So in the past, AC/DC has fallen into that ambient category I described above. As with my exposure to Zeppelin prior to the point when I took a deep, full-catalog Zep-dive a few years back, I've known AC/DC's output only in a greatest-hits sort of way, which, I've found, is essentially meaningless. Knowing a band via the tyranny of Classic Rock Radio is to almost un-know them, i.e., the listener is actually at a disadvantage when it comes to true appreciation. You grow so numb to the charms of those 5 or 10 songs (in AC/DC's case, "TNT," Dirty Deeds," "You Shook Me…," "Back in Black," etc.) that you develop a kneejerk reaction to the band in question, a reaction that's easy to mistake for an informed opinion. "AC/DC, sure, yeah—I know them. Stop right there; no need to say anything more."
So maybe, as in the case of Van Halen two years back, what I needed in order to begin the process of true AC/DC familiarization, to start myself on the path of loving this band rather than simply being aware of them, was a new album to consider. I often find that new music by an old band can help in this regard. This is probably because I feel like I can come to the latest record fresh. I don't have to listen through all the noise of the canon, the hyperbolic praise that calcifies around a consensus-classic album over the years and tends to obscure the music itself; you start to think of what the critics have said rather than what the artist(s) said, and that is no good at all.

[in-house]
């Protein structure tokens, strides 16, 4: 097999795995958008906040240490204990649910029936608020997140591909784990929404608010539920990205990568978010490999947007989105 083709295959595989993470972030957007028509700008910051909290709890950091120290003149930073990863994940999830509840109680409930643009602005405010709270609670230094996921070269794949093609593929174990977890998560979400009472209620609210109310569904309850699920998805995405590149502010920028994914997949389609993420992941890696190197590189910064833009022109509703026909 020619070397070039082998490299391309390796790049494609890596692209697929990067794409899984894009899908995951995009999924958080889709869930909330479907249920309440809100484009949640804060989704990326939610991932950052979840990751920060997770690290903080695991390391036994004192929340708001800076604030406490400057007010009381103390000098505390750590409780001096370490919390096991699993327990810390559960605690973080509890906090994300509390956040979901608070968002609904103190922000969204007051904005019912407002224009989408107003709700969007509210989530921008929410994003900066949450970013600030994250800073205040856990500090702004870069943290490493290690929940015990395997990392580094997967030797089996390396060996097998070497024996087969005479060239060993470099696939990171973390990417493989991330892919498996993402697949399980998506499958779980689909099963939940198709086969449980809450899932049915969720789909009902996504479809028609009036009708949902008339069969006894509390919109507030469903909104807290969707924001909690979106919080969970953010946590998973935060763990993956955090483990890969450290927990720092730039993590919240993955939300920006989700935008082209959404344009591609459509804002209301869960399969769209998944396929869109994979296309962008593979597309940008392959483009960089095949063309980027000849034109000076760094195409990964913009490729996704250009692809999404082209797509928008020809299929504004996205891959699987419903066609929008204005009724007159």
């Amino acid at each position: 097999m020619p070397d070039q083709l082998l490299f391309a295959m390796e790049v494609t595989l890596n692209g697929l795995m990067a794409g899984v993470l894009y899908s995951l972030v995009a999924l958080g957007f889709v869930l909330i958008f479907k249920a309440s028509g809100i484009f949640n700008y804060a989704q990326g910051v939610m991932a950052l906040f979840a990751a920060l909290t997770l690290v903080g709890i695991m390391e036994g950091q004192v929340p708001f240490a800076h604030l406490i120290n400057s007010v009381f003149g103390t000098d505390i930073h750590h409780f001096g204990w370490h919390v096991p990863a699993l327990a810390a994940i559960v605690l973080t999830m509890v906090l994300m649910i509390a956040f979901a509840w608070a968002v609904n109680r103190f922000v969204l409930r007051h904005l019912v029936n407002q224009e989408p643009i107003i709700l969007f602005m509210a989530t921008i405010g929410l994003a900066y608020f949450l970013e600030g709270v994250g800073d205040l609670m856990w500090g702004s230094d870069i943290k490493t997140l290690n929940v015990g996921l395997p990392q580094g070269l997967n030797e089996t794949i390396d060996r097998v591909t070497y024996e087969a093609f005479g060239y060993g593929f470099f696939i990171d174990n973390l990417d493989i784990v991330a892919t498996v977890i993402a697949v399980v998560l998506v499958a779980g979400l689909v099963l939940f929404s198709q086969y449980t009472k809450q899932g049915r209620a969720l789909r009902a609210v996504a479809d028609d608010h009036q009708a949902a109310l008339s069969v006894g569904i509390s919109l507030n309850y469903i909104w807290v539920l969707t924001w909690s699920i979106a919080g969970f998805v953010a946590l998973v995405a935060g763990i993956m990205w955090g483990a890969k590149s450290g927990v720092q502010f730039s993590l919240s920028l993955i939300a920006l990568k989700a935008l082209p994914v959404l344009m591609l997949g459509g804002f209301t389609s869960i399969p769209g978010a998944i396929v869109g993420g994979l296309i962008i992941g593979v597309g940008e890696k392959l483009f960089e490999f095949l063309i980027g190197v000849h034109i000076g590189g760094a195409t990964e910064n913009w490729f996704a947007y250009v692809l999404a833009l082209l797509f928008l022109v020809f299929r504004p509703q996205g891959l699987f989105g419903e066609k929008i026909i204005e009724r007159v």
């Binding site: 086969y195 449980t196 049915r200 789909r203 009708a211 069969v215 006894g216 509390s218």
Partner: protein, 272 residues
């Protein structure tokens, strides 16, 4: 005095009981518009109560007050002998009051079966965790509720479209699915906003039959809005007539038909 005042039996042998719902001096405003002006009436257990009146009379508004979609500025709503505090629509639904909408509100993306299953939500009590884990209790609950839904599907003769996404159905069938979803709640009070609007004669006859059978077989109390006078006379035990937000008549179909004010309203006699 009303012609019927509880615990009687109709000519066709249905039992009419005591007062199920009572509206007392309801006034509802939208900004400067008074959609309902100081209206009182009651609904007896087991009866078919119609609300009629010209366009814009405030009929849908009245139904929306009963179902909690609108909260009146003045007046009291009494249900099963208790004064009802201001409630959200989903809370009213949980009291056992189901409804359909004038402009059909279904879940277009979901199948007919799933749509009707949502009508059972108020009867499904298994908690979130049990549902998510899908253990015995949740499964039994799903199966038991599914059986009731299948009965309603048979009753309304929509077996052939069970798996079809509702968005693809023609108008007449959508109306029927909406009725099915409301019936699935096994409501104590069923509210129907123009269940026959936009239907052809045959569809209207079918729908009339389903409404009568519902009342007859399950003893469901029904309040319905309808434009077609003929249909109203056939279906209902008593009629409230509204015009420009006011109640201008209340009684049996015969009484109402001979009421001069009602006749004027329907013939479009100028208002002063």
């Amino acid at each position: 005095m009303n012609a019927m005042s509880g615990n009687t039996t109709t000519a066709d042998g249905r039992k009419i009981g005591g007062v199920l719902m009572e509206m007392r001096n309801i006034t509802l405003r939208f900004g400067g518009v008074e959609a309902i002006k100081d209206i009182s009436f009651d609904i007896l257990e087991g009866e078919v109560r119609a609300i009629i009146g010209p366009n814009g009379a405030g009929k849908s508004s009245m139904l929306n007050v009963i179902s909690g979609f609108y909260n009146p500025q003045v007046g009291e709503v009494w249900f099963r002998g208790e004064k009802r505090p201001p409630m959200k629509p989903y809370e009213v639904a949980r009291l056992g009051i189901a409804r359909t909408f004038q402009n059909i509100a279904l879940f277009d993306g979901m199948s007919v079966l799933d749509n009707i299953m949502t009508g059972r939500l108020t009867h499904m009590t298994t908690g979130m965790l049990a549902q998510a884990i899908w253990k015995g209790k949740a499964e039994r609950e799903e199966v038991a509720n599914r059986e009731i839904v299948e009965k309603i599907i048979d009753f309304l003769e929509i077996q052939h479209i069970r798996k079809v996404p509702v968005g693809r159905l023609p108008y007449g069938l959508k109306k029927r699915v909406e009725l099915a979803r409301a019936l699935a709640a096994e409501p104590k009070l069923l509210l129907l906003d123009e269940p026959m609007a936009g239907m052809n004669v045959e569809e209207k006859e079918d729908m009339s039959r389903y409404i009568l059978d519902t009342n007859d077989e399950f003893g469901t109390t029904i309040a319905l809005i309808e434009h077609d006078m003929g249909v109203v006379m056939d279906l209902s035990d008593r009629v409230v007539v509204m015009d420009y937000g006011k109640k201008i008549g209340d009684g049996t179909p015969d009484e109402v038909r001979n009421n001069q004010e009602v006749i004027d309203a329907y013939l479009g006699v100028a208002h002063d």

My interest in AC/DC in general and Rock or Bust particular has been slowly building. I heard Eddie Trunk spin some righteous AC/DC deep cuts a few months back; I followed the respectively insane and sad personal sagas of drummer Phil Rudd and guitarist Malcolm Young; I enjoyed typically perceptive and informed Rock reviews by Adrien Begrand and Ben Ratliff; and I gave lead single "Play Ball" an idle spin. I sought out the record itself on Spotify after its release, but when I didn't find it there, I set the matter aside and then promptly got swept away in year-end-list madness.
So, circling back, yesterday I walked into work with every intention of queuing up Black Messiah, both out of a sense of duty and out of a sense of genuine interest. And just as I was sitting down, my friend/colleague Josh Rothkopf, an outstanding film critic who also happens to be one of the sharpest and most well-informed rock fans that I know, asked me if I'd checked out the new AC/DC album. I said I hadn't, thanked him for the reminder and promptly clicked into his iTunes folder after booting up my computer.
And there it was. The glory of AC/DC. A sound I knew but didn't know. A sensation I'd registered but hadn't processed. We talk of simplicity, but we can really only know it in the moment. For the past several years, I've appreciated a ton of frill-less, anti-evolutionary music in the extreme-metal sphere, from Asphyx to Obituary. It may be that, as the aforementioned Ratliff review suggests, there is no more quintessential contemporary rock music than AC/DC's. The pleasures of their rock are so plain to hear that they're easy to miss. All of us who grew up on Classic Rock Radio (shudder) are used to taking this kind of supposedly "surface"-level brilliance, expertise, mastery for granted.